Plaque unveiled to remember victims of Stratford Tube crash
PUBLISHED: 11:49 13 April 2016 | UPDATED: 11:57 13 April 2016
The lives of a dozen people killed in a tragic Tube crash 63 years ago have been commemorated with a new plaque in the borough’s biggest station.
The lives of a dozen people killed in a Tube crash 63 years ago have been commemorated with a new plaque in the borough’s biggest station.
West Ham MP Lyn Brown, London Underground operations director Peter McNaught and many others joined relatives of those who perished in the Central Line collision at Stratford station on April 8, 1953 for an unveiling ceremony on Friday last week.
Close to 1,000 evening commuters were caught up in the carnage when one train travelling around 20mph struck the rear of another in a tunnel between Stratford and Leyton, causing 41 light injuries, five serious injuries and 12 deaths.
A report into the incident found the driver of the moving train, a Mr JS Besley, failed to obey “stop and proceed” rules and as a consequence his train “telescoped” into the back of the stationary train. He had to have one of his legs amputated.
The memorial plaque came about after historian John Turner wrote to Lyn about the crash and the two joined forces in lobbying to have it remembered.
“I didn’t know about the crash until John told me,” Lyn said at the ceremony. “Which is surprising, because my mum and grandmum lived in the area and passed on a kind of oral history.
“But it’s important that we recognise the people that died in this crash and I’m so grateful to be here today.”
For John, who lives in Leytonstone, the crash is especially important to remember because it involved acts of heroism from members of the public and nurses who worked through the night in an attempt to rescue passengers stuck in the tunnel.
“It proves that in disasters people do stick together and help each other,” he said, adding that he had no personal connection to the crash despite his namesake, John Turner of Woodford Green, dying in the tragedy.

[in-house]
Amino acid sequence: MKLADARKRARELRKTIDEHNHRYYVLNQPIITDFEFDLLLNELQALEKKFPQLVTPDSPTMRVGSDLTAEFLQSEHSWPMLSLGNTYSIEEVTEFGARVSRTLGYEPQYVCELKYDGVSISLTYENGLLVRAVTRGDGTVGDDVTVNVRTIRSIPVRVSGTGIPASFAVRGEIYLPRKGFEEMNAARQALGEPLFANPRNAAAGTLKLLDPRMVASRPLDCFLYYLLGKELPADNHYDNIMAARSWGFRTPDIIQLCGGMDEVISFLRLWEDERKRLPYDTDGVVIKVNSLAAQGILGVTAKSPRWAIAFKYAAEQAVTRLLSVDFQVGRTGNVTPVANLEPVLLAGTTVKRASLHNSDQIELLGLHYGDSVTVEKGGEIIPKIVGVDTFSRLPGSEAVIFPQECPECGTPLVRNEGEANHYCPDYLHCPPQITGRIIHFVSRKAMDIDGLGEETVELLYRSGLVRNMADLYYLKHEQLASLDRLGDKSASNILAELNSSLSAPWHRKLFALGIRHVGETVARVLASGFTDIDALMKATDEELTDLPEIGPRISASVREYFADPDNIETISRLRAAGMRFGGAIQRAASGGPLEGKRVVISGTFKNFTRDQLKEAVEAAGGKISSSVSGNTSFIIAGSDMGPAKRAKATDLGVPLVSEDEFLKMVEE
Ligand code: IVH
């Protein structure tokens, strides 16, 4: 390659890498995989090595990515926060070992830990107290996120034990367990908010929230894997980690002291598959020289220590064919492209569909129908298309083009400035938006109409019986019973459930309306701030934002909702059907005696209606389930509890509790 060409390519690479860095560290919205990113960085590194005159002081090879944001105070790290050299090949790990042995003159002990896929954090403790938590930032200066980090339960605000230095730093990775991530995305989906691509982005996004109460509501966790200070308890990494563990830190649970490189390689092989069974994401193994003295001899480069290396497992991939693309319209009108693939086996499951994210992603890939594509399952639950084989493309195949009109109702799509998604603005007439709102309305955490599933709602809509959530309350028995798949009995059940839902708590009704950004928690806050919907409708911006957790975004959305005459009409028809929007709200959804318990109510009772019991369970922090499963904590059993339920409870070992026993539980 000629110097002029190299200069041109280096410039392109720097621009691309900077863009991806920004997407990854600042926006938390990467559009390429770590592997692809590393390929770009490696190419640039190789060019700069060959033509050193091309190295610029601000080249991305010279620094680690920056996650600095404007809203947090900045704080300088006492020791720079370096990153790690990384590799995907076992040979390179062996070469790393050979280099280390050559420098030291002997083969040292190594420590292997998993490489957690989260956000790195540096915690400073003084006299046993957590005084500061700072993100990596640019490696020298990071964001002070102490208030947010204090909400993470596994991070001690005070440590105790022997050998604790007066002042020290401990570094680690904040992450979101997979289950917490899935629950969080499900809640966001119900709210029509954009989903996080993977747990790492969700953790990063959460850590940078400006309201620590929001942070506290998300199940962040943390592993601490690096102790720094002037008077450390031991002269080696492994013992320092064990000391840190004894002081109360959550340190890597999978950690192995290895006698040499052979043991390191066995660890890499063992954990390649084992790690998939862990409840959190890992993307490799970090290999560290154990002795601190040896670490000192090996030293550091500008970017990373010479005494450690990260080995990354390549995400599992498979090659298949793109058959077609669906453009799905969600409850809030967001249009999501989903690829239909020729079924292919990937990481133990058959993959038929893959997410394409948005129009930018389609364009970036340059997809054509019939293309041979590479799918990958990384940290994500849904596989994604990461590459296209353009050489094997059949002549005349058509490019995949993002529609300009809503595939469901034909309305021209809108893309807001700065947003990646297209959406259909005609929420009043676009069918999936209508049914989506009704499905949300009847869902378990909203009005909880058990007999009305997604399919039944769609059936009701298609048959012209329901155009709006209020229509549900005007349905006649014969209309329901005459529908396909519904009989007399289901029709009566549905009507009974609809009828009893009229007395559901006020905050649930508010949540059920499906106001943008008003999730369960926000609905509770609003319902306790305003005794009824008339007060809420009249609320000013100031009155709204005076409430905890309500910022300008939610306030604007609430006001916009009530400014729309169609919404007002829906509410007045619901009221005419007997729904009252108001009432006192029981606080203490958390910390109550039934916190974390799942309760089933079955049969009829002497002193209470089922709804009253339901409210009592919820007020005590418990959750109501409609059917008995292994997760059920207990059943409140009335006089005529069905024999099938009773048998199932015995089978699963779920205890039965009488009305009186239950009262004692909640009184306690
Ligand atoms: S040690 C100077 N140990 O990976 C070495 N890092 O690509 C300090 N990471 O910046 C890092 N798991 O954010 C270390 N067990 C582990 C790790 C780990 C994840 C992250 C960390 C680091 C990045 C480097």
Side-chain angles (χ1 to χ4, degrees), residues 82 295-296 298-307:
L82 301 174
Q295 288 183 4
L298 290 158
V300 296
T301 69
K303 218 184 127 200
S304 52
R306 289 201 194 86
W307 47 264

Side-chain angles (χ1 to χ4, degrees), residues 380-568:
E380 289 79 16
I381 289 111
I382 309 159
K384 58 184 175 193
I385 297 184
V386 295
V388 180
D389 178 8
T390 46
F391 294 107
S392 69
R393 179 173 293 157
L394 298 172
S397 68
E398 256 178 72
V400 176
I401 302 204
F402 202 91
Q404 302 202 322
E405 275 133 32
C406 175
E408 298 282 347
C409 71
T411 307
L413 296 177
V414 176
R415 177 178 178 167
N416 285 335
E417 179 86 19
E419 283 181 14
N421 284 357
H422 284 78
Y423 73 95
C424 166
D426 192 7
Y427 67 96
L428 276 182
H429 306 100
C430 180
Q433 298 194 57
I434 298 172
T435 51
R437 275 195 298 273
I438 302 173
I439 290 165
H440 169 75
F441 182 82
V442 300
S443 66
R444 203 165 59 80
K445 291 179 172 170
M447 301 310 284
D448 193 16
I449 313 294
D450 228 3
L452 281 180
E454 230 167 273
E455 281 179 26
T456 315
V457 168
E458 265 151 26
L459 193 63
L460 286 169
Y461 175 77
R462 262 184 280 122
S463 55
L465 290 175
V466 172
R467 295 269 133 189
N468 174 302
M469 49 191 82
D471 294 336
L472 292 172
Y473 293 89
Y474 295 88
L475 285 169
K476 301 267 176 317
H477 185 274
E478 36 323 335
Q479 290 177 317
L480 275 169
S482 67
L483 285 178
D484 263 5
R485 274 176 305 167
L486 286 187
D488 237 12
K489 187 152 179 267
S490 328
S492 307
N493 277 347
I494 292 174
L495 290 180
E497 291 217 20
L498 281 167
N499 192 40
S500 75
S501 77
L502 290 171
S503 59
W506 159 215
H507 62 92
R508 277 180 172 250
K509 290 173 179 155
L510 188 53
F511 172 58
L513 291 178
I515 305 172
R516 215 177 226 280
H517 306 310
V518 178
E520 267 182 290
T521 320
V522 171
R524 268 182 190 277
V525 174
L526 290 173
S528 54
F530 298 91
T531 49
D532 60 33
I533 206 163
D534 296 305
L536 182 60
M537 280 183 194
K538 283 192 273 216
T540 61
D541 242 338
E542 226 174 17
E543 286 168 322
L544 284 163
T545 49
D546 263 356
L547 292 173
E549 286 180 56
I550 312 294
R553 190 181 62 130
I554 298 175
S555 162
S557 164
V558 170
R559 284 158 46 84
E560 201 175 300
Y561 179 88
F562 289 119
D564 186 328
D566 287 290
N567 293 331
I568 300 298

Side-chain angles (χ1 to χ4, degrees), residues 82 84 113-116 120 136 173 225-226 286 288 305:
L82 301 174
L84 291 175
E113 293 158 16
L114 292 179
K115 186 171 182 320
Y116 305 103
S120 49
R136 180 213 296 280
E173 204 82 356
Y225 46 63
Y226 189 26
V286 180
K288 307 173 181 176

“A lot of people would like to think they’d do the same thing – well, this is a great example of that spirit.”
The plaque’s central purpose is to ensure the people who died on that day are not lost to history but remain an active part of the borough’s collective memory.
Mr McNaught said: “The 1953 Central Line crash at Stratford was a terrible tragedy and the customers who lost their lives and were injured will never be forgotten.”
He added that the commemoration was a “mark of respect” for the victims, their families and the emergency services who did their duty on the disastrous day.
The theme of keeping alive the memory of those who didn’t leave the trains was also emphasised by historian Stephen Bewsey from Newham History Society.
“It’s very good that this tragedy is being remembered,” he said.
“It’s good that people can look at this when they are commuting – I hope they will reflect on it.
“Our job is to chart the history of this borough, because if we don’t then it could all be lost.”
Stephen also paid tribute to both Mr Turner and Ms Brown, who “deserve credit” for pushing to have the crash remembered.
The plaque will not be the last of its kind across the capital as London Underground plans future commemorations.
“We have a small series planned,” said Mike Ashworth, design and heritage manager at the Underground.
“We hope to mark a lot of sites associated with the Second World War.
“It’s part of our heritage – it’s an important part of commuters’ lives.”
The terrible crash is well noted for the valour and tirelessness of the nurses, doctors and even passers-by who laboured through the night to rescue travellers stuck in the tunnel’s wreckage.
The report into the crash stated that the last people were carried from the tunnel at 2.15am.
Its author said the conduct of helpers was “much to be admired”.